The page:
NR: Write This Way If You Want To Live

James here with Wednesday’s News Reflections.

I keep chiming in on science fiction topics.  Go figure.  Today it’s the future of the ‘Terminator’ series, which suffered from not one, but two mediocre revival attempts.  Or so I hear, as I have not seen ‘Terminator 3’.  In any case, McG’s ‘Terminator: Salvation’ didn’t go over too well, and now Universal is batting even more revitalization ideas about the field.  SlashFilm has a few words to say about the situation.  My two cents follow below the poster.

‘Terminator’ is a B-movie, a synthesis of slasher flicks, apocalyptic paranoia and very large firearms.  It revolves around a simple mythology, the endless conflict between humanity’s messianic defender and the ghosts in an army of machines, a war that spills out into logic-defying time travel.   It’s the worst case scenario of the Computer Age as conceived circa 1984.   Every subsequent installment revisits these themes and, rather than manipulating them into new, terrifying shapes, allows them to stagnate.   By ‘Terminator 2’, James Cameron’s final entry, it was obvious that the concept couldn’t go any further in its present form, so Cameron intended to let it go.   The film made a lot of money, however, so those blessed with the franchise rights were determined to keep it alive.   The next two sequels, separated by margins of 12 and then 6 years later, respectively, undid Cameron’s imposition of finality and then undid themselves.  What was necessarily convoluted has become hopelessly confused.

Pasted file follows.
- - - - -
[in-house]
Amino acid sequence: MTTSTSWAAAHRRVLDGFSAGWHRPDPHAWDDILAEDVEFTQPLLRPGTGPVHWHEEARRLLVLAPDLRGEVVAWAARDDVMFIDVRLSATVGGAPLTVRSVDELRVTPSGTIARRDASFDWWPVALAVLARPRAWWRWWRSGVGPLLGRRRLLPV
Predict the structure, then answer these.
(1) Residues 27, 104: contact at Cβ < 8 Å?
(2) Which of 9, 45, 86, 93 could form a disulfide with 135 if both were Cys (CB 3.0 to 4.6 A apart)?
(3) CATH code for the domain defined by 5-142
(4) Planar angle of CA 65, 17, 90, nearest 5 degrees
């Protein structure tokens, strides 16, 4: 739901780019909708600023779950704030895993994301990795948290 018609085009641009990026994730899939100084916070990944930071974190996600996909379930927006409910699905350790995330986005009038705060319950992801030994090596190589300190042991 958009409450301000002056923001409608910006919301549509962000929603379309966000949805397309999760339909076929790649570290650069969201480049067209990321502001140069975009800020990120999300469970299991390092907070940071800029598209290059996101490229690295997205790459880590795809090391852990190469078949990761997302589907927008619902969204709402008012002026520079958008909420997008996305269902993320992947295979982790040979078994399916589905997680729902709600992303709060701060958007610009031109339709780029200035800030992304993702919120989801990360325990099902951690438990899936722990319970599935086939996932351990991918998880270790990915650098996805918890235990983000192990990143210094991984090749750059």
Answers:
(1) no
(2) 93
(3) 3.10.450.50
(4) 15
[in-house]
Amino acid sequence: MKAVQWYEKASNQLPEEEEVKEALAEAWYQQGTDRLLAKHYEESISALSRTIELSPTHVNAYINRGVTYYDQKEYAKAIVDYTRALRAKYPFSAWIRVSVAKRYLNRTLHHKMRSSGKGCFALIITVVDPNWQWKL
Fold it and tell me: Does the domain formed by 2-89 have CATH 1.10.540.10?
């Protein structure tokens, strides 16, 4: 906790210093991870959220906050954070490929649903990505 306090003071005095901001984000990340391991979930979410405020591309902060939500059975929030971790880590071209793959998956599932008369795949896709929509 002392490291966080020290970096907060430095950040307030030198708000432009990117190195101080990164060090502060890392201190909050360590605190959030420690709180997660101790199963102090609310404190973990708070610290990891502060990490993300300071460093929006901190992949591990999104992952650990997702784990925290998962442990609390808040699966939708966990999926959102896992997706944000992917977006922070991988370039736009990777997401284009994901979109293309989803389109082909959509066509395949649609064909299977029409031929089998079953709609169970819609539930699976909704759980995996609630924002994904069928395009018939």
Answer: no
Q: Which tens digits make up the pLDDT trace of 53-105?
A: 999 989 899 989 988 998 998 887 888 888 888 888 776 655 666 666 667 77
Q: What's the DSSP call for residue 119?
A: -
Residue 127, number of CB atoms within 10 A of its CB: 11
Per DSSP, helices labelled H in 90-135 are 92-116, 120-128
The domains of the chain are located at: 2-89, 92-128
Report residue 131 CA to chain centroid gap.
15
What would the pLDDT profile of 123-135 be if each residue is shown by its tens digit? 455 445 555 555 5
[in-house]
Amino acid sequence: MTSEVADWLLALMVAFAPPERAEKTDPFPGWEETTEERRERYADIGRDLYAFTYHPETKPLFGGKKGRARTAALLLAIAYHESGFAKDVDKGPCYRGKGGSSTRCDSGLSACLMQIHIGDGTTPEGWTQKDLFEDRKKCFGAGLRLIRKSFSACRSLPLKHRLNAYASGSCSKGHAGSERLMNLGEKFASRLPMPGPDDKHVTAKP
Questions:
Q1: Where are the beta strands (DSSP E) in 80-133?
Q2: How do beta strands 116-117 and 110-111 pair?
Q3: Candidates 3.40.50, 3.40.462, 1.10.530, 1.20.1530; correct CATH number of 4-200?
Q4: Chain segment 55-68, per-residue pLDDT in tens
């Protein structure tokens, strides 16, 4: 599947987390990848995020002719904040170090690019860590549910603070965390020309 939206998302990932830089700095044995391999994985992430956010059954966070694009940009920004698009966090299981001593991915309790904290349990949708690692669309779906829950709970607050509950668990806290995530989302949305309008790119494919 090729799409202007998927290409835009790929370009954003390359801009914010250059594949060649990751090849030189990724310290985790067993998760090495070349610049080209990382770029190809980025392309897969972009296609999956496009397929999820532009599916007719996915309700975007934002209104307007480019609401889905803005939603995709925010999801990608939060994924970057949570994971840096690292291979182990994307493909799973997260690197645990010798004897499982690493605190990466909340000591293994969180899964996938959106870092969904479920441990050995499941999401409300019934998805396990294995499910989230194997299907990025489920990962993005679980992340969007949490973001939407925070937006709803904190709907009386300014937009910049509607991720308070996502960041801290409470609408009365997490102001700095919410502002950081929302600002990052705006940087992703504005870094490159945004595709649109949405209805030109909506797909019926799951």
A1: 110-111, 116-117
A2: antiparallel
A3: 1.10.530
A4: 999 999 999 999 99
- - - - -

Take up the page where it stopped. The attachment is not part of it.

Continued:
‘Terminator: Salvation’, though, was on the right track.  It brought us into the glimpsed post-apocalyptic war.  It did not deliver on the suspense implicit in the scenario, however, proving largely toothless and shifting the focus from messianic John Connor to a previously unknown character.  When we should have experienced the horrific urgency of Connor’s war, instead we visited yet another illogical time travel plot.

So, should ‘Terminator’ be left to rot?  I don’t think so.  All stories are reinventions.  I don’t find it necessary to complain about sequels or reboots in themselves, only to deliver justified criticisms when they go typically wrong.  There’s no reason a crack team of filmmakers can’t rightfully reinvent ‘Terminator’ to channel the original’s suspense and push the story in an unprecedented direction.  ‘Terminator’ can live again, but it must become unpredictable, passionate and adult.  It should be dangerous.